This section aims to introduce the idea of mathematical reasoning and give an example of how it is used.

Here is an example video!

Mathematical reasoning is a method to work through a problem. It is a very powerful tool, but it is important to remember that it is still only one possible approach. Throughout this class we will be focusing on this skill, but when you move on into your careers or post-graduate work, this will be one of several ways you will be able to approach problems. As such, it is useful to know when it is, or isn’t, appropriate to use it.

So; what is mathematical reasoning?

Simply put, mathematical reasoning is the process of quantifying generic information into data, and then using deductive reasoning to extrapolate the results you are after. That may not seem like it is “simply put”, but let’s see an example.

1 : How much would it cost to build a patio?

This is an example of a question that might occur to (or be asked of) you at some point in your life. If this is all you are given, then it seems impossible to answer the question. In reality it is most often the case that this is how a problem is presented; someone will ask a generic question or hand you a problem, with little information attached and tell you to “just figure it out”. This means we must use our own problem solving skills to come to a solution.

Question Phase: First we need to acquire information. In this case we might ask questions like:

  • What do we want to make the patio out of?
  • What size is the patio?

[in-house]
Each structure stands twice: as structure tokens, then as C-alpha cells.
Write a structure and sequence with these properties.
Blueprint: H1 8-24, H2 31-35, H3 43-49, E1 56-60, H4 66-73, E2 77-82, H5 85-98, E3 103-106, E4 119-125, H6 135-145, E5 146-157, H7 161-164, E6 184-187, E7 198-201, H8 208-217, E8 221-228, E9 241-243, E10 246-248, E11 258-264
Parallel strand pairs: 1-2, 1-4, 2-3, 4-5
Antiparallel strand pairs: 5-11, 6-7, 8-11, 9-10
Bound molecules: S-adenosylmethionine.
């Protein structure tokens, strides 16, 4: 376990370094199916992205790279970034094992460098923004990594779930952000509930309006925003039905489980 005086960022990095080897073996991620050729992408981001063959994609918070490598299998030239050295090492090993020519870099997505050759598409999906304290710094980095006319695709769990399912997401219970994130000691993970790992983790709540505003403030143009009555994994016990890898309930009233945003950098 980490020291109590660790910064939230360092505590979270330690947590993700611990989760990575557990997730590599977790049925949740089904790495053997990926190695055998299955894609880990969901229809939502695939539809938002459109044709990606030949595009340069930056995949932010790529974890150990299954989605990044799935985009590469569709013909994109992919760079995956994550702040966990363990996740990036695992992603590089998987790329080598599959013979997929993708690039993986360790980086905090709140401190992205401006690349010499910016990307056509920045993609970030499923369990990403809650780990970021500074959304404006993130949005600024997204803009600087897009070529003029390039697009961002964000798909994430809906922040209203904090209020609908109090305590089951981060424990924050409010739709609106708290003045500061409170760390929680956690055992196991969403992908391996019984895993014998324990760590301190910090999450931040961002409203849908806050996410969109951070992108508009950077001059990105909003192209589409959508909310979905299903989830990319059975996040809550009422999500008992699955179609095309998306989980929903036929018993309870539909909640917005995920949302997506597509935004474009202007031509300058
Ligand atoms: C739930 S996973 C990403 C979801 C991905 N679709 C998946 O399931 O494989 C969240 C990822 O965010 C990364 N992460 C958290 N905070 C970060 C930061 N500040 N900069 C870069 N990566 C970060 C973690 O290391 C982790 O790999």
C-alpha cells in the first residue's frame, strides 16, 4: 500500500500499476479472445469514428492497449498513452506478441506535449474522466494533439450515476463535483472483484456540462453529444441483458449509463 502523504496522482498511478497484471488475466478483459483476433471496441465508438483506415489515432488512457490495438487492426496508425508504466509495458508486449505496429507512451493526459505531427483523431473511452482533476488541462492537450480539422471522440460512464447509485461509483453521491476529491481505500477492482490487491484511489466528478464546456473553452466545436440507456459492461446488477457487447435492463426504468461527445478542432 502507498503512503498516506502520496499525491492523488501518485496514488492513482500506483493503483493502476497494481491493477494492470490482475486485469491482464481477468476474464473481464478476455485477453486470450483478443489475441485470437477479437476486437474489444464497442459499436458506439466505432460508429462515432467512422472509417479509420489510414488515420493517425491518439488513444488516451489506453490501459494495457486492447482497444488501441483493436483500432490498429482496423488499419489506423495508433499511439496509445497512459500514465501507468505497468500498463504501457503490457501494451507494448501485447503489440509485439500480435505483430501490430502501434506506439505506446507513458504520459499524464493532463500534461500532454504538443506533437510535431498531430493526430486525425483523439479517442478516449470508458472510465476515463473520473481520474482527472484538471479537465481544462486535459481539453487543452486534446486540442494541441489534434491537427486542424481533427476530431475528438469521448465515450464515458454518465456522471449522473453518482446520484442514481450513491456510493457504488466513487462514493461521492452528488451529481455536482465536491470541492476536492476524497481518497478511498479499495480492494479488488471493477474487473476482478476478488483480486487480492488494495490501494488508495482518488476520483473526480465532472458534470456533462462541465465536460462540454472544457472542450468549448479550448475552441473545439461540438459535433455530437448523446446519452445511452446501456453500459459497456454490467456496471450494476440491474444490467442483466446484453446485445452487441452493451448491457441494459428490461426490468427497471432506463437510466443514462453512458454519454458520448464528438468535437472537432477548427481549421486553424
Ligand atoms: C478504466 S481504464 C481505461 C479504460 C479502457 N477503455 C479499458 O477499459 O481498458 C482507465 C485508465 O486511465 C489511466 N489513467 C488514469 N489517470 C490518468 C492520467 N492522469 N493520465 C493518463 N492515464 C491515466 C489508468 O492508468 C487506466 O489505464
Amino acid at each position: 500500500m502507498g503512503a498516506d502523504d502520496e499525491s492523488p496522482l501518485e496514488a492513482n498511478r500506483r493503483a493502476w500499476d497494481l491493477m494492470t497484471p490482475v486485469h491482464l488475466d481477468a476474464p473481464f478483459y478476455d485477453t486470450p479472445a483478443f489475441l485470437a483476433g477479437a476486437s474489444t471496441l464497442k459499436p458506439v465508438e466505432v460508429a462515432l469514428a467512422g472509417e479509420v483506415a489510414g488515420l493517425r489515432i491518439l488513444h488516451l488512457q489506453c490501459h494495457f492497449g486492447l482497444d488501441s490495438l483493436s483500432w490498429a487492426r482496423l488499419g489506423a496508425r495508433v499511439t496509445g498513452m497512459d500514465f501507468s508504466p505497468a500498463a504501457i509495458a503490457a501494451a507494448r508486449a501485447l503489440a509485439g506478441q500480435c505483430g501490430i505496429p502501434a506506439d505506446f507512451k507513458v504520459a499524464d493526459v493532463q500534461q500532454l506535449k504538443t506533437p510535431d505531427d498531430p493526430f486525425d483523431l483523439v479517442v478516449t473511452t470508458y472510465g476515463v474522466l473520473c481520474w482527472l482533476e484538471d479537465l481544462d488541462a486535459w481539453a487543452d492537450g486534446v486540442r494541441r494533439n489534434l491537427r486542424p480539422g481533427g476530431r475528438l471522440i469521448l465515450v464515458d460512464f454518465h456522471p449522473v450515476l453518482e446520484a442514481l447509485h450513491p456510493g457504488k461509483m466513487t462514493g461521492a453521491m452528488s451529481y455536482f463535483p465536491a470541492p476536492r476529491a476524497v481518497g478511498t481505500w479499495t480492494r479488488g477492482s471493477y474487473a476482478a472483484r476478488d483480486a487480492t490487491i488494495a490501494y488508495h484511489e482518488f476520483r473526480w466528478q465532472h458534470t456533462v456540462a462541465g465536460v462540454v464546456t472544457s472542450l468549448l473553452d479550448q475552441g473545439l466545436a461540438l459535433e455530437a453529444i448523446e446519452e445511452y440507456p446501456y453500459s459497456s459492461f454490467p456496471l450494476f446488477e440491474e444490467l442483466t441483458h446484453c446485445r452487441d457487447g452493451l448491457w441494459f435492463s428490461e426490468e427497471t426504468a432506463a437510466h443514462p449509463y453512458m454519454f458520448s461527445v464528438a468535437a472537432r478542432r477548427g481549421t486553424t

• What kind of expertise is required to build the patio?

Usually it’s not clear what information is useful and what information is not (information that is not useful is often called extraneous information). One way to determine this, and a way to figure out how to get to an answer to our original question, is to try and convert the information we have into quantified information or ”data”. Once we have done that, we can create a model which relates the data together, and then manipulate the model to arrive at our result (ie the answer to our problem).

Modeling Phase: Thus, we might end our process with something that looks like this:

  • = The number of bricks needed to build our patio
  • = The cost of the patio (in dollars).
  • = The area of the patio (in square feet).

At first glance the above may seem confusing, and in fact it should be. The problem is that we’ve ”jumped to the end” and have just a bunch of equations and variables. But, the intervening steps that let us go from the ”questioning” phase to the ”modeling” phase are where the ”mathematical reasoning” comes into play.

What kind of problems are most likely to involve/require ‘mathematical reasoning’?

Interpreting information given on a survey. Synthesizing or interpret (primarily) numeric information. Assigning numbers to non-numeric information, such as quantifying emotions. Trying to calculate values in any situation... math is basically a superpower. It is useful everywhere and with everything.

If this seems confusing, don’t worry. This is sort of like skipping to the end of a book you’ve never seen before and reading the last sentence, then thinking you should know the plot. Mathematical reasoning is something you need to practice and learn in order to understand and get good at. But the upside is that, once you do, you will have a very powerful tool at your disposal for solving problems. And if there is one thing that is ubiquitous in life (and careers), it’s problems that need solving. If you get good at problem solving, you will be a powerful candidate at job applications, and you boss’s favorite employee.